2. Never assume the entirety of product and services that the company sell/offers/markets. Understanding what makes the company go is critical. Understanding what your role is in the process, even more so.
  3. Avoid connecting with all of the employees on LinkedIn. Coming off too strong and assumptive can raise red flags for employers.

During the interview

  1. Don’t assume that because your BFF works for the company that you’re as good as hired. Don’t rest on the fact that you know someone that works within the institution.
  2. Even if it is a casual interview (ie. Coffee, lunch, or any casual setting) make yourself accountable and professional. Always assume that you don’t have the job and you haven’t done enough to guarantee a position.
  3. Try not to rely too much on past work history. The company is interested in where you have come from and what accolades you have earned, but they are more interested in what accolades you are going to earn with/for them.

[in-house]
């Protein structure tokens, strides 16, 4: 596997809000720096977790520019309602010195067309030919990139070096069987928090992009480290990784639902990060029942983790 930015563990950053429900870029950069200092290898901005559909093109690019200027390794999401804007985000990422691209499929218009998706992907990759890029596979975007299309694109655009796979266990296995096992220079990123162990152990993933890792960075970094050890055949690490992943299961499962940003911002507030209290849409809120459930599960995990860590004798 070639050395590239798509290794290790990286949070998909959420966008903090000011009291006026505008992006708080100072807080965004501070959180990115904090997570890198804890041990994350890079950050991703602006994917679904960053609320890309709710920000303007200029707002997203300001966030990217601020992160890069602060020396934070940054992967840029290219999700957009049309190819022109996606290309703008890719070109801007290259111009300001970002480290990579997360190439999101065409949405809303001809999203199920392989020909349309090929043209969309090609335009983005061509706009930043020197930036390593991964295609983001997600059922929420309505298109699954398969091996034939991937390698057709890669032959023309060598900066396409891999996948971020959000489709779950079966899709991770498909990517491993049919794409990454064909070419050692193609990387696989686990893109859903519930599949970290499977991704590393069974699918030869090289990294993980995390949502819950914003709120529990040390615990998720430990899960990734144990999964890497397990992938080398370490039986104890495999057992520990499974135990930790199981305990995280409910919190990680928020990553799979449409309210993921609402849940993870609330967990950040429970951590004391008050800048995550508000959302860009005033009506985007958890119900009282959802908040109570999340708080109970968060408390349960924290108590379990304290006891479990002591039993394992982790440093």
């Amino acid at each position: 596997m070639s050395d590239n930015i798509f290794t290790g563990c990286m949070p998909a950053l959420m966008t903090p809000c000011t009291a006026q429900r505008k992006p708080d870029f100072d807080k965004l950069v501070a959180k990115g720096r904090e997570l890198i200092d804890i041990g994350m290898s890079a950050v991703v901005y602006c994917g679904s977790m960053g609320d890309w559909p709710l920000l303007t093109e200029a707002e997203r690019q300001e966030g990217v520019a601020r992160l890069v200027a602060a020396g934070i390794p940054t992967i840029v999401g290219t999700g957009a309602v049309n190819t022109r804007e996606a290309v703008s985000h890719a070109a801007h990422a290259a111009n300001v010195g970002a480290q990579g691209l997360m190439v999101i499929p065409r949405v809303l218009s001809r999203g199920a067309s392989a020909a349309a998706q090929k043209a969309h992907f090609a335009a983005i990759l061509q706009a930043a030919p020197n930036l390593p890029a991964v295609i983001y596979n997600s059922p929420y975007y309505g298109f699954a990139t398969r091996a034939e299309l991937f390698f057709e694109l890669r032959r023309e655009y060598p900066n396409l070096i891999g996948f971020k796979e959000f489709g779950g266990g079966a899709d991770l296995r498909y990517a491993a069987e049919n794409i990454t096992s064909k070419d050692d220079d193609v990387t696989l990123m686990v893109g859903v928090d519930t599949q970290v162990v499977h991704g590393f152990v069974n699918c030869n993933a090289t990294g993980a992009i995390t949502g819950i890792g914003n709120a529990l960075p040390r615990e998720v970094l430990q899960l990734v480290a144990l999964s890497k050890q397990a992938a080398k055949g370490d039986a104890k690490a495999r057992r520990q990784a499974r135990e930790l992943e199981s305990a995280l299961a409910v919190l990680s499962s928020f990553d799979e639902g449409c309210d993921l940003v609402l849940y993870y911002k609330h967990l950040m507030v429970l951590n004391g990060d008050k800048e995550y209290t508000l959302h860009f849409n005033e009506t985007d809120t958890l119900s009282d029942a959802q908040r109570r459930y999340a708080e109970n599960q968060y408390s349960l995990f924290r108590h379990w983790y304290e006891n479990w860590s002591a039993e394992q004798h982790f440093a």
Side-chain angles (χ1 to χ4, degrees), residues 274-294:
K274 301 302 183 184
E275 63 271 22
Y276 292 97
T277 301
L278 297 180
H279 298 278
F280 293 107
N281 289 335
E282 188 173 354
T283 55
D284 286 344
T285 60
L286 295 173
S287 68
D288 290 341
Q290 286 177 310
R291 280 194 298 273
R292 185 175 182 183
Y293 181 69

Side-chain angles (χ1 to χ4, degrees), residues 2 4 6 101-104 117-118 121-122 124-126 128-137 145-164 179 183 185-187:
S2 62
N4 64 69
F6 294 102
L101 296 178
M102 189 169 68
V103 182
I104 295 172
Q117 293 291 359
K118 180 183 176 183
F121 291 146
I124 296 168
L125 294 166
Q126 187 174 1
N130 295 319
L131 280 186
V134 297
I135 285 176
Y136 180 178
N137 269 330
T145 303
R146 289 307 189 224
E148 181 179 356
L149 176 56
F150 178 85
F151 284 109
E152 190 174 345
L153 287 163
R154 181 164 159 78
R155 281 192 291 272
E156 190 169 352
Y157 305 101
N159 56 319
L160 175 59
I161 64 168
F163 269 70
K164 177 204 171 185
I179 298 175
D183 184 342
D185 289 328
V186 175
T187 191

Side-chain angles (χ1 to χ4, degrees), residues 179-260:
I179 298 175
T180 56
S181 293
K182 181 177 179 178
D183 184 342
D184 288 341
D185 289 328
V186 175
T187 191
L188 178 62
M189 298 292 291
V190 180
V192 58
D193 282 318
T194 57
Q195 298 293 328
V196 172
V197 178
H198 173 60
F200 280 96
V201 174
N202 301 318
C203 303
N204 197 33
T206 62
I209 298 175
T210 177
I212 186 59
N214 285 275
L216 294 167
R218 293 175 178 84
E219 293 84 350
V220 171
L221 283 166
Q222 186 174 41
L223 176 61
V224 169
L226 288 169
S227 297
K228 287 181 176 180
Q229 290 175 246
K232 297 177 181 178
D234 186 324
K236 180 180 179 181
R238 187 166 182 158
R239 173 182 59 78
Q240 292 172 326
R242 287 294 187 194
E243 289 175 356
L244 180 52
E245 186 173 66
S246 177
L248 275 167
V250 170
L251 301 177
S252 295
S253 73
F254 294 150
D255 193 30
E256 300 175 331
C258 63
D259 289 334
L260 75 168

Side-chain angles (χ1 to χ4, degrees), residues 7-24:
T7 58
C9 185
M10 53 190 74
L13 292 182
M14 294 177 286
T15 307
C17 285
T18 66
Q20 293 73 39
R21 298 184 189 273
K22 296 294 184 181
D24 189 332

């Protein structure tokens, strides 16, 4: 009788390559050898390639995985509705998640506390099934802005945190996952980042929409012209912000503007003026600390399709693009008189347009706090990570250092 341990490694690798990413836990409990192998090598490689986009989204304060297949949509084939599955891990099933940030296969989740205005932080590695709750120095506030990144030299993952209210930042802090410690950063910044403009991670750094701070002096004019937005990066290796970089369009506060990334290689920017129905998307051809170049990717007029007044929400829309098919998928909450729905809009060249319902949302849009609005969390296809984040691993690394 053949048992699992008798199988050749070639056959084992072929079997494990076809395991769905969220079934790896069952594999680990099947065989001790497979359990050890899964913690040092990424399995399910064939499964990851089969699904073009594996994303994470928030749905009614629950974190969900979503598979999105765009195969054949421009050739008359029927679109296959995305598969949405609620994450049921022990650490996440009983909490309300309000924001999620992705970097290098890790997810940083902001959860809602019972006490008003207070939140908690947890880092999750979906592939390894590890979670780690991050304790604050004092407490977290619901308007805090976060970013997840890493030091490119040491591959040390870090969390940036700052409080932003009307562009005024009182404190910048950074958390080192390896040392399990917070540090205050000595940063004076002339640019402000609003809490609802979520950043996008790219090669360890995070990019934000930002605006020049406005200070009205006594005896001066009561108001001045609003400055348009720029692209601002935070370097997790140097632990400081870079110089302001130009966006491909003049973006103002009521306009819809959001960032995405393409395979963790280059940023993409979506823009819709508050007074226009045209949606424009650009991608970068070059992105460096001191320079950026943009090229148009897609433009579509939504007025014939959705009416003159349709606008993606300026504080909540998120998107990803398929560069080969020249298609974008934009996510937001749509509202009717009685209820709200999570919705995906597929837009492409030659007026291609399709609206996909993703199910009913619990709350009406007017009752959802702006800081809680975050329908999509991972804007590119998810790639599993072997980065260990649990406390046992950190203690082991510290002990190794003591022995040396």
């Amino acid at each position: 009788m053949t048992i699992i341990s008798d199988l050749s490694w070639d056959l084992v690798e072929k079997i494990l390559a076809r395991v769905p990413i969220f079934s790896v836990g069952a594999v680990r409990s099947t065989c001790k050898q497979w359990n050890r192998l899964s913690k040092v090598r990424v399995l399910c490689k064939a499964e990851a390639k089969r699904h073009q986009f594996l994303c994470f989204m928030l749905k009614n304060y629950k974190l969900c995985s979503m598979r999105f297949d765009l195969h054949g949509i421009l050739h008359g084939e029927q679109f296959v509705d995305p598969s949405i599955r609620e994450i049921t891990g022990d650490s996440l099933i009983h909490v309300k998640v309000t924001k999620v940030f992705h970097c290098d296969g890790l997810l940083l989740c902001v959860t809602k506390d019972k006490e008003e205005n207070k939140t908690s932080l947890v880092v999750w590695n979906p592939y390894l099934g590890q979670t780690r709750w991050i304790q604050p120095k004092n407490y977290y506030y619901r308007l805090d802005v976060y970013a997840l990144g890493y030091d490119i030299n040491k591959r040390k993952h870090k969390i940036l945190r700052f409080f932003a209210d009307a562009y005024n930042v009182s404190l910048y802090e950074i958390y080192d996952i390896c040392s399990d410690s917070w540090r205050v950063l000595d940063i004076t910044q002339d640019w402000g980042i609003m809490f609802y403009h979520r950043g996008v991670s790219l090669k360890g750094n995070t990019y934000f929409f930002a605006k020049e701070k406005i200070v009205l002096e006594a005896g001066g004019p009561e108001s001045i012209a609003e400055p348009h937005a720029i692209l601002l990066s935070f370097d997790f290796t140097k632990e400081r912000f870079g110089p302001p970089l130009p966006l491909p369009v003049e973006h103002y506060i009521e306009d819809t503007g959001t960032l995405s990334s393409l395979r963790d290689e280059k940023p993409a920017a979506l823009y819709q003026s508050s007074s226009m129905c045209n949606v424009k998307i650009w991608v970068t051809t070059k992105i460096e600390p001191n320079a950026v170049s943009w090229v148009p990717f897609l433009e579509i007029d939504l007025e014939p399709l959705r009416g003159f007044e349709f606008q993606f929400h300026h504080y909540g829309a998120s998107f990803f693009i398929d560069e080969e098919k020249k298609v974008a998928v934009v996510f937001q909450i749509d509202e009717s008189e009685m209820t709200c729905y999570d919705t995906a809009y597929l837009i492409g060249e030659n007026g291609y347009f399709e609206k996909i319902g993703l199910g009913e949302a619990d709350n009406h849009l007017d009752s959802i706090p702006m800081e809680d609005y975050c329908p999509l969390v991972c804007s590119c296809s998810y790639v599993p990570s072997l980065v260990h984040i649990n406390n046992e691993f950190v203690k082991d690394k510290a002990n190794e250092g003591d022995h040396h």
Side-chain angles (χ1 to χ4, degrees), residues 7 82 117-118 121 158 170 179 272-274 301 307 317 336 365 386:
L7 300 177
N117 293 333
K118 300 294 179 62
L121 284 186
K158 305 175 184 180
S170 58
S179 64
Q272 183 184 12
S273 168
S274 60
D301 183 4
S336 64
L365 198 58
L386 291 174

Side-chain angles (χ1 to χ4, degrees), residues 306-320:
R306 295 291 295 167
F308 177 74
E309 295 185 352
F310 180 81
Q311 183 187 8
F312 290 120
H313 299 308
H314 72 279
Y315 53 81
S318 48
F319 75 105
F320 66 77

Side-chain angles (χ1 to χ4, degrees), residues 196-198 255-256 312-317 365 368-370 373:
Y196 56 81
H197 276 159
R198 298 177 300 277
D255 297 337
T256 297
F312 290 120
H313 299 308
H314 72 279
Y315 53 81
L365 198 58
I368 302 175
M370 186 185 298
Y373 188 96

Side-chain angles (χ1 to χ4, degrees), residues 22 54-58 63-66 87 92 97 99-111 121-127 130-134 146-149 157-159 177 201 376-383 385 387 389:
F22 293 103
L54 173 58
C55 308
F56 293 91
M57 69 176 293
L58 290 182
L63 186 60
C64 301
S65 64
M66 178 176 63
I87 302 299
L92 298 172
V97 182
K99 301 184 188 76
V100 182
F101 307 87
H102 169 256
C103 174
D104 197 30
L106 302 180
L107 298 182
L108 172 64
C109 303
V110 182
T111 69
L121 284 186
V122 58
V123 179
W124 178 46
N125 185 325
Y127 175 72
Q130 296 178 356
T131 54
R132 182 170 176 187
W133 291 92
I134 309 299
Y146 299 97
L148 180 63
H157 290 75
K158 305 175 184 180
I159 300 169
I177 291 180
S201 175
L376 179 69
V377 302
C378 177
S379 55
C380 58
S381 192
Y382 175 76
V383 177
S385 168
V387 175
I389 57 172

Post-interview

  1. Fail to follow up and thank all parties involved with your interview.
  2. Start sharing with your network that you believe you killed it (regardless of how well you actually did). Words can get back to anyone, and you don’t want the company hearing that you’ve gone and hired yourself.
  3. Please, never quit your current job (if applicable). even if they verbally offer you the job on the spot, never quit your current position until you’ve signed the offer letter.

If you manage to avoid all of these landmines, you’ll be setting yourself up for interview success. Good luck!

social media

How Your Social Media is Hurting Your Job Search

social media

It’s 2018, and almost everyone has at least one social media account. 81 percent of Americans have at least one social media profile. And employers are aware of this. In fact, 93% of recruiters and human resource professionals check out candidates’ social media profiles before extending a job offer.